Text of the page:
Defense Date

2015

Document Type

Dissertation

Degree Name

Doctor of Philosophy

Department

Public Policy & Administration

First Advisor

Dr. Nancy Stutts

Second Advisor

Dr. Richard Huff

Third Advisor

Dr. Patrick Dattalo

Fourth Advisor

Dr. Richard Couto

Abstract

Child and family nonprofit organizations are essential for the implementation of United States public policy in their role as service providers. Human service nonprofit organizations held approximately 20,000 government contracts, totaling more than $100 billion in 2009 (Boris, deLeon, Roeger, & Nikolva, 2010). Almost 33,000 human service nonprofit organizations contract with the government to deliver services (Boris, et al., 2010). The services provided by these organizations are critical to the lives of vulnerable American citizens. These organizations depend on committed employees to serve this group, carry out the mission, and reach organizational goals. Employees are nonprofit organizations’ greatest resource, investment, and also expense (Rutowski, Guiler, & Schimmel, 2009), thus turnover is considered a critical problem facing the nonprofit sector (Salamon, 2012). Retaining highly committed employees in this important work has been of interest to those studying the nonprofit sector because it is a significant problem particularly in the area of human services (Mor Barak, Levin, Nissly, & Lane, 2006). This study asks if leadership and organizational culture have an impact on nonprofit employees’ commitment to their workplace. This quantitative research uses a quota sample of 103 nonprofit employees to understand the relationships between their perceptions of their managers’ transformational leadership, their perceptions of their organizations’ culture types (clan, adhocracy, hierarchy, market) and two important and distinct employee outcomes, affective commitment and turnover intention. The findings indicate that perceived transformational leadership matters to nonprofit employees as it positively predicts their affective commitment and negatively predicts their turnover intentions. The majority of respondents reported that they perceived their organizations as clan cultures, which are known to be friendly, personal places where belonging and connectedness is high. The findings also reveal that hierarchical cultures play a role in this predictive relationship, having a moderating effect on the relationship between transformational leadership and affective commitment. In contrast, the findings reveal that compared to clan cultures, hierarchical and market cultures may be problematic in that they positively predict employees’ turnover intentions. Further, perceived hierarchical cultures negatively predict the employees’ affective commitment.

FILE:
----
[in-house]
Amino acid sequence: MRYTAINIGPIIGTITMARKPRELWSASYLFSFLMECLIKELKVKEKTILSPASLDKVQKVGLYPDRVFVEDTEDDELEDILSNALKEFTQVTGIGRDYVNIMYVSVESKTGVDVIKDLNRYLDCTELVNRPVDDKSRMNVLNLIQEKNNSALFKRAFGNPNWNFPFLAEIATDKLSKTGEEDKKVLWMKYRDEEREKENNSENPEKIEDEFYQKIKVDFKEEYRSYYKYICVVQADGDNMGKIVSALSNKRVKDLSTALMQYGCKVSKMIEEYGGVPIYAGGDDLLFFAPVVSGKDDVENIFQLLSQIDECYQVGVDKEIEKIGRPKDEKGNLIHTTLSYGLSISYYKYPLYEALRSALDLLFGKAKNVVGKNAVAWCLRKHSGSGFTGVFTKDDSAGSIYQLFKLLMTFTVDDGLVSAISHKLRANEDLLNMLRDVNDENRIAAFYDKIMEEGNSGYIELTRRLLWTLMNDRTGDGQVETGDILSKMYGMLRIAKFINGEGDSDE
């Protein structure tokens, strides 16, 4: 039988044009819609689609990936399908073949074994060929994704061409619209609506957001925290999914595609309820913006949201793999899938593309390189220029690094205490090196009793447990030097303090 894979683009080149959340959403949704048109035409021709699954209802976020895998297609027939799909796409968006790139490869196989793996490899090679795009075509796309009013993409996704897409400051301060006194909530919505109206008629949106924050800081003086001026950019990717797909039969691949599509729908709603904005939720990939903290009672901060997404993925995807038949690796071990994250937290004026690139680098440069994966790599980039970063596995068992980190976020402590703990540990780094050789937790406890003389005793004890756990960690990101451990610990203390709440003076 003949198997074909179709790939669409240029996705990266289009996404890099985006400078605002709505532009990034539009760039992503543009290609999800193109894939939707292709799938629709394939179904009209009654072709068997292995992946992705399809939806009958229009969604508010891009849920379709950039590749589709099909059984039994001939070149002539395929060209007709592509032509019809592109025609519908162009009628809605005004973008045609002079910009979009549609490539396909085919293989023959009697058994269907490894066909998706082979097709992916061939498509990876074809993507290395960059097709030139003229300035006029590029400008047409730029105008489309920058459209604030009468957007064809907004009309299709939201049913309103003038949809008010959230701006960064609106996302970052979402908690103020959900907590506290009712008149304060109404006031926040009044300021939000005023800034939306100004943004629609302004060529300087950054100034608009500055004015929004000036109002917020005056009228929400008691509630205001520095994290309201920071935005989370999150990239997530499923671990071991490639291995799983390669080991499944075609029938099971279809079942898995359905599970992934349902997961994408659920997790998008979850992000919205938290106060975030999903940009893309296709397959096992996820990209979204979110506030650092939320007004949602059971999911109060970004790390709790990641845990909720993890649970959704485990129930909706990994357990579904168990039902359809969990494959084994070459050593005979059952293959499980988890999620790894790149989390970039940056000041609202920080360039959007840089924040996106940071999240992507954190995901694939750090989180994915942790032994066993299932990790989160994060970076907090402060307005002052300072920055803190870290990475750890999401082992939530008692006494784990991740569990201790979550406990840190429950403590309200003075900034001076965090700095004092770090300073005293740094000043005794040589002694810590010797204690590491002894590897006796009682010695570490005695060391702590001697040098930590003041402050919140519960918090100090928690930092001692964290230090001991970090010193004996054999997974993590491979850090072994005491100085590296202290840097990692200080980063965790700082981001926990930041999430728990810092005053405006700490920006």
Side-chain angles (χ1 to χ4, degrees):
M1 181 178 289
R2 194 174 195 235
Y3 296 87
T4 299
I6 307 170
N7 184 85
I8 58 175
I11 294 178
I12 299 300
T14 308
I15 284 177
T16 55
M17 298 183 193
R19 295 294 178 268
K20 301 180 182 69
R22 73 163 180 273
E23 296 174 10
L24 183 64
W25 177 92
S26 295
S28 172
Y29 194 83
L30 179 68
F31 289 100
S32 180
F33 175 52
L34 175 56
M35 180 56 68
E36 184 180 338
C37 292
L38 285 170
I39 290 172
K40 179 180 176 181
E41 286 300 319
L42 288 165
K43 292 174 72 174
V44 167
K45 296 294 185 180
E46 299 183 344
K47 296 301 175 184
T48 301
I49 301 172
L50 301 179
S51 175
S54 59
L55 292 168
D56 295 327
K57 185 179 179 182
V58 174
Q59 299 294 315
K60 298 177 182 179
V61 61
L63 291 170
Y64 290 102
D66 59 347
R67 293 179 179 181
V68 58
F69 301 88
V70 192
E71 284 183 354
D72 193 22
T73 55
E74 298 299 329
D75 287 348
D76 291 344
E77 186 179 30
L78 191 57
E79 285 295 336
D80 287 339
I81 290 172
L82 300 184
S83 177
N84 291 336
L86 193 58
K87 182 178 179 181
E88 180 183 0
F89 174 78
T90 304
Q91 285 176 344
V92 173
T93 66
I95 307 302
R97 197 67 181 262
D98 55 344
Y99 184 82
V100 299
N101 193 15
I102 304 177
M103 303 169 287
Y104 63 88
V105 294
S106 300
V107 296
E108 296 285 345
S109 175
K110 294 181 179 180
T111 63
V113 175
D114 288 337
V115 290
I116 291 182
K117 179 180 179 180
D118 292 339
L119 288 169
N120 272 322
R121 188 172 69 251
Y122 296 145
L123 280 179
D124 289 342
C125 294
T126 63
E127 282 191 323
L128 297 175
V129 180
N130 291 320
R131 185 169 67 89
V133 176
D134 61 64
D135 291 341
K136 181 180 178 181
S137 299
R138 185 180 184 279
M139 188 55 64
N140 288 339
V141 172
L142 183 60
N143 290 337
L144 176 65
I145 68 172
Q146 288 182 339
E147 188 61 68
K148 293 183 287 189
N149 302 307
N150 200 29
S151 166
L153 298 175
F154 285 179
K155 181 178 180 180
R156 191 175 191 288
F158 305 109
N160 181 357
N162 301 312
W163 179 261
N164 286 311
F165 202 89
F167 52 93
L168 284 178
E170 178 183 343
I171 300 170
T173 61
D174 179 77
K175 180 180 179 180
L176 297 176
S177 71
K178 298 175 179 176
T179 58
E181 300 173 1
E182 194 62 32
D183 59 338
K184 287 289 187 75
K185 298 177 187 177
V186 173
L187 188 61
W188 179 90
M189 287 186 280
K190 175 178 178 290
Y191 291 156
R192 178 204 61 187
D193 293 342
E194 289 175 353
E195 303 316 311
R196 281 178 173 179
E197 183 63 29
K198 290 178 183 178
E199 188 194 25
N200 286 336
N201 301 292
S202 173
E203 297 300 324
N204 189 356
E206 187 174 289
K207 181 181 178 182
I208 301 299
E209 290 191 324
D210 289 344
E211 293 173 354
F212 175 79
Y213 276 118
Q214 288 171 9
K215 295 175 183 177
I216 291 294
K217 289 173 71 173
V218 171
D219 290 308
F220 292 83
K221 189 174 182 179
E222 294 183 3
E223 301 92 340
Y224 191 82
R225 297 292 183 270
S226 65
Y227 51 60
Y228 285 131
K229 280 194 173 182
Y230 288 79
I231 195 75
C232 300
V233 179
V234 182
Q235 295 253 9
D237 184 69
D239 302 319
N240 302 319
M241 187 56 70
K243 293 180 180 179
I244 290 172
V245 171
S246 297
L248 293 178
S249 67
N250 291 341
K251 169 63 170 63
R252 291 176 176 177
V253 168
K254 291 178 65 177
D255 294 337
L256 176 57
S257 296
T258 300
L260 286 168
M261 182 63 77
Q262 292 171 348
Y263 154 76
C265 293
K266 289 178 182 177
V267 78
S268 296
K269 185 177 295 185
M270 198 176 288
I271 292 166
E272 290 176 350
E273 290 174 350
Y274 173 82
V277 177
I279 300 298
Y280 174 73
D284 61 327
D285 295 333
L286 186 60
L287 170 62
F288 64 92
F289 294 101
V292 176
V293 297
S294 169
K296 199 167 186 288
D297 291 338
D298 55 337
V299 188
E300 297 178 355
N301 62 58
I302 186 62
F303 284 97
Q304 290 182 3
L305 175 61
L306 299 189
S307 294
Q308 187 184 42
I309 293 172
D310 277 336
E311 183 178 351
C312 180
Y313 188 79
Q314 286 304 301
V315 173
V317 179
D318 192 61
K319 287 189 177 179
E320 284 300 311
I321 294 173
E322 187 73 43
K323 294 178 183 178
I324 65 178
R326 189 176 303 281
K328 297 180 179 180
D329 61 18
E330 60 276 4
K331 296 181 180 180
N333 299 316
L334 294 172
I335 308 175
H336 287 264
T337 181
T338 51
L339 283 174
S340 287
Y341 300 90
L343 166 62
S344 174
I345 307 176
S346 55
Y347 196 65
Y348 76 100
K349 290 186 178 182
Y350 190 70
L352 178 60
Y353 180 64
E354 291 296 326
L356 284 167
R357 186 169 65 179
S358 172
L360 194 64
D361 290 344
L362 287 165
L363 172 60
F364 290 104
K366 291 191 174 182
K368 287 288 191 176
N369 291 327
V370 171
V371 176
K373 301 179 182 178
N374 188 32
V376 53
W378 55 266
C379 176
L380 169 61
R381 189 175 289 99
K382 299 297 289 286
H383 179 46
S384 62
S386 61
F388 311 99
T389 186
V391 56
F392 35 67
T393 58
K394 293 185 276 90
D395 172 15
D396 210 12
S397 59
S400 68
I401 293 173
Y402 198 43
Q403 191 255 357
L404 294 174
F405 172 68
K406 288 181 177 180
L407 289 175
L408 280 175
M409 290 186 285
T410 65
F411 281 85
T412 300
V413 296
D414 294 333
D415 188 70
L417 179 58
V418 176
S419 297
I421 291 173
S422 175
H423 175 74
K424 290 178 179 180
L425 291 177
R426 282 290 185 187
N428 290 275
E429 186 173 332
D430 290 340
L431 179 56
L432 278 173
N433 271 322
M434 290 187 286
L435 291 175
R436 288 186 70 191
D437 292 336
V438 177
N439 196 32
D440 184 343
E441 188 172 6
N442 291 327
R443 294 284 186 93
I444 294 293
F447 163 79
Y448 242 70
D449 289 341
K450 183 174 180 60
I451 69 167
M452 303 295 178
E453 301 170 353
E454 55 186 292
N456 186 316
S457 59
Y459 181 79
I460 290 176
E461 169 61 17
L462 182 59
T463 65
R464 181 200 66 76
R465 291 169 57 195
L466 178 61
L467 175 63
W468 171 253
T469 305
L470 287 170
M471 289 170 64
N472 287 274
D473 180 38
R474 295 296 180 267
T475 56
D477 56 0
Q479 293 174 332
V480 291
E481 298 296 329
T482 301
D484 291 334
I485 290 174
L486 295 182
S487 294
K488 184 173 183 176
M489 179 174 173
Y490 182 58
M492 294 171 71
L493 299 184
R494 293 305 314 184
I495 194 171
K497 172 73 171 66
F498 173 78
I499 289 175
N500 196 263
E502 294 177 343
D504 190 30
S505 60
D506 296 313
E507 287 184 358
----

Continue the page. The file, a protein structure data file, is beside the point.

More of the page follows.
Rights

© The Author

Is Part Of

VCU University Archives

Is Part Of

VCU Theses and Dissertations

Date of Submission

7-9-2015

Share

COinS